Je rentre à la maison

Poster for Je rentre à la maison

Winter 2003 Edge series

Sunday, February 9, 2003 at 7:00pm

Empire Theatres, New Minas, NS

Directed by


Rated G · 1h 30m

At the age of 93, Manoel de Oliveira remains one of the great masters of world cinema, directing his first film in 1931. Astonishingly, he has made 13 features since 1990, the quality of which has never dwindled. He won the Golden Lion at the Venice International Film Festival in 1991 for The Divine Comedy and a jury prize at Cannes in 1999 for The Letter. Like his remarkable career, Je Rentre á la Maison is at once austere, wise and elegant. It also features a glorious performance from perhaps France’s greatest living thespian, the 76-year-old Michel Piccoli – a veteran of some one hundred films since 1945. As the movie begins, Gilbert Valence (Piccoli), a highly respected theatre actor, receives the worst news imaginable: his wife, daughter and son-in-law have been killed in a car crash. Initially devastated, Gilbert gradually regains stability in his life as he increasingly devotes himself to his beloved grandson Serge. He also finds refuge in a production of Shakespeare’s The Tempest, where his commanding turn as Prospero allows him to come to terms with a deeply spiritual conception of death. After angrily refusing a terribly lucrative role in a trashy and sensationalist TV movie, Gilbert accepts an offer from an American director played by a brilliantly ridiculous John Malkovich (Being John Malkovich). Gilbert’s role in an ambitious adaptation of Joyce’s Ulysses provides him with the chance to finally reconcile the wisdom he has gained through his career, his ideals, and his life. A running gag about the comfort of habitual conduct in a Paris café is one of the funniest accumulative gags of recent times, worthy of the great silent comedians. This slyly subversive, bittersweet film also features a wonderful cameo by Catherine Deneuve, who sparkles in an already brilliant production.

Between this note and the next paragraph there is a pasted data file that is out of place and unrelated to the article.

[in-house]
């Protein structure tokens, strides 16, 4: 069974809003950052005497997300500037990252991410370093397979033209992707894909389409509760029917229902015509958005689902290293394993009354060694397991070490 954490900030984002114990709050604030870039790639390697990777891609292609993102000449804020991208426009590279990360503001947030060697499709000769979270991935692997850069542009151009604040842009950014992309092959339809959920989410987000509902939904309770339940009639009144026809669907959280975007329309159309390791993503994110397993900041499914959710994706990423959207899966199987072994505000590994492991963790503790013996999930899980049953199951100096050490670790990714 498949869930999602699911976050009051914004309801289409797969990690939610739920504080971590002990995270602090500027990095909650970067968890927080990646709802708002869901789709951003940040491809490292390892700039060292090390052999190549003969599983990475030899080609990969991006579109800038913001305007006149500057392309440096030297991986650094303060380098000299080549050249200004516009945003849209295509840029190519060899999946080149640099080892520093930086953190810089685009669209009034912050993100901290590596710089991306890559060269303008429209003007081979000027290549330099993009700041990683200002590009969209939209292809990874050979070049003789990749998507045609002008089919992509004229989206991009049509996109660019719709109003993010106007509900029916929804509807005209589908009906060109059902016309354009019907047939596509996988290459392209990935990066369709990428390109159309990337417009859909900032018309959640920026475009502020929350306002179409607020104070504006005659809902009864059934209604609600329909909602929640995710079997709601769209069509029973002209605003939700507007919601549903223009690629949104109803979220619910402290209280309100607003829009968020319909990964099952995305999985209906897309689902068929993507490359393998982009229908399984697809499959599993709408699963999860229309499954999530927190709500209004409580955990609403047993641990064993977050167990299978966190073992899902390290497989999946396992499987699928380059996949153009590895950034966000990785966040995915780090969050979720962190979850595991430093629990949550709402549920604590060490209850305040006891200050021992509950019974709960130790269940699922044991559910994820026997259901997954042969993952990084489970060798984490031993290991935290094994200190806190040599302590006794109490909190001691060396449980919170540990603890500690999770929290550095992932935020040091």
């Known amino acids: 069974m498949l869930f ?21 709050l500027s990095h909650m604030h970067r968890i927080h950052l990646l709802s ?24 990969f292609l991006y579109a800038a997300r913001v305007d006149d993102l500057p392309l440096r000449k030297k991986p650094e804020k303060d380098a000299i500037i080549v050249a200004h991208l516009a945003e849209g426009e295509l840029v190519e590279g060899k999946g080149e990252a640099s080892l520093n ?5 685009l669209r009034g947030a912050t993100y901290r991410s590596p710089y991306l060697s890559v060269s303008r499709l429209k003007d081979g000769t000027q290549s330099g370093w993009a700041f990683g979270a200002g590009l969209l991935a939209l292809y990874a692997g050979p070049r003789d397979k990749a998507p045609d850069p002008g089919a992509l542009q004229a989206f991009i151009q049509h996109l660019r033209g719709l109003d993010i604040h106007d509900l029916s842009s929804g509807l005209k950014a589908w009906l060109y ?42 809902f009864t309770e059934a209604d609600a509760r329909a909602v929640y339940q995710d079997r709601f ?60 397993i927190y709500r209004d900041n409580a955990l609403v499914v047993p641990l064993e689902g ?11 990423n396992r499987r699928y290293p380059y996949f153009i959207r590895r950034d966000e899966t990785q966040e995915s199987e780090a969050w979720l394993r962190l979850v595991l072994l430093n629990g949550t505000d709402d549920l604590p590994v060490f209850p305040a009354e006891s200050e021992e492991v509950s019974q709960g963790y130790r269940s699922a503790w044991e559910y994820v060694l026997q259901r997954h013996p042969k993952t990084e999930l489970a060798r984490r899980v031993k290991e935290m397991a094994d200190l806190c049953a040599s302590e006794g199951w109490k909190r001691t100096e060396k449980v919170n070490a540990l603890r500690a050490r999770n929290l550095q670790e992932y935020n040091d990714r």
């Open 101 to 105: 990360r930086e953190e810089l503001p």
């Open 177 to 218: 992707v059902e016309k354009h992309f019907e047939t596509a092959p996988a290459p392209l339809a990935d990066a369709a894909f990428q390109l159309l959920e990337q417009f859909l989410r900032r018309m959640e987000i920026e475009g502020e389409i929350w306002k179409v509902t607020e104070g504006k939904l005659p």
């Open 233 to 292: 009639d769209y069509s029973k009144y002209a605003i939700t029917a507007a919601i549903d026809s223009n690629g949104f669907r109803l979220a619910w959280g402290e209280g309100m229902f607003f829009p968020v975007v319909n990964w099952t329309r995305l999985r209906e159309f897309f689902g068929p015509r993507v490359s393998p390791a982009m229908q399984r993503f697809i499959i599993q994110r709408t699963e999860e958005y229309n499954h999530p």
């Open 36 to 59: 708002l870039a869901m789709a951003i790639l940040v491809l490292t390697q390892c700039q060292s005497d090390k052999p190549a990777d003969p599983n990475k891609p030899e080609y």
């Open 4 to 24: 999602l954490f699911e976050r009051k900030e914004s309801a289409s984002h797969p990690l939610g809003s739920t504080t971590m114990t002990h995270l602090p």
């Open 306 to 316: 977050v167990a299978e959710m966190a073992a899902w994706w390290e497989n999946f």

“Like a precious and finely cut diamond, magnificent…in its sparkling beauty yet…it’s one tough rock… Adventurous moviegoers who give themselves up to its subtle, persuasive charms are in for a treat.” – Kirk Honeycutt, Hollywood Reporter

“A curiously beguiling experience.” – Philip French, The Observer

“This is a gem: a small but perfectly formed, perfectly poised and perfectly acted movie, a leisurely and elegant study of an elderly widower and the city in which he is utterly at home: Paris.” – Peter Bradshaw, The Guardian